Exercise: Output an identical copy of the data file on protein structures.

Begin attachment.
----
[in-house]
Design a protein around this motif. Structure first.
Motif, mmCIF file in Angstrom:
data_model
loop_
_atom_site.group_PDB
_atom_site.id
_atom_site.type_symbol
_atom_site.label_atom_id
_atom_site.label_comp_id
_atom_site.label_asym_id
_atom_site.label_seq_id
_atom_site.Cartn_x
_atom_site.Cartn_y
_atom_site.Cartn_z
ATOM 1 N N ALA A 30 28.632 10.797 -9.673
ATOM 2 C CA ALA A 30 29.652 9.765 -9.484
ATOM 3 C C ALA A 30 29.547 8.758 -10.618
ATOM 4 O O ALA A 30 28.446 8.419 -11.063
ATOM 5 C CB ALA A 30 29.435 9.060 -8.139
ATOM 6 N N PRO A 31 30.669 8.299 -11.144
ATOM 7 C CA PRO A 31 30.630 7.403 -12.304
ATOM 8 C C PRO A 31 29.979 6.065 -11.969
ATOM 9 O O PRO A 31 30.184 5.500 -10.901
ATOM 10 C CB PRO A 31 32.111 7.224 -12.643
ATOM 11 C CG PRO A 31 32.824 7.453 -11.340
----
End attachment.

[in-house]
Design a protein around this motif. Structure first.
Motif, mmCIF file in Angstrom:
data_model
loop_
_atom_site.group_PDB
_atom_site.id
_atom_site.type_symbol
_atom_site.label_atom_id
_atom_site.label_comp_id
_atom_site.label_asym_id
_atom_site.label_seq_id
_atom_site.Cartn_x
_atom_site.Cartn_y
_atom_site.Cartn_z
ATOM 1 N N ALA A 30 28.632 10.797 -9.673
ATOM 2 C CA ALA A 30 29.652 9.765 -9.484
ATOM 3 C C ALA A 30 29.547 8.758 -10.618
ATOM 4 O O ALA A 30 28.446 8.419 -11.063
ATOM 5 C CB ALA A 30 29.435 9.060 -8.139
ATOM 6 N N PRO A 31 30.669 8.299 -11.144
ATOM 7 C CA PRO A 31 30.630 7.403 -12.304
ATOM 8 C C PRO A 31 29.979 6.065 -11.969
ATOM 9 O O PRO A 31 30.184 5.500 -10.901
ATOM 10 C CB PRO A 31 32.111 7.224 -12.643
ATOM 11 C CG PRO A 31 32.824 7.453 -11.340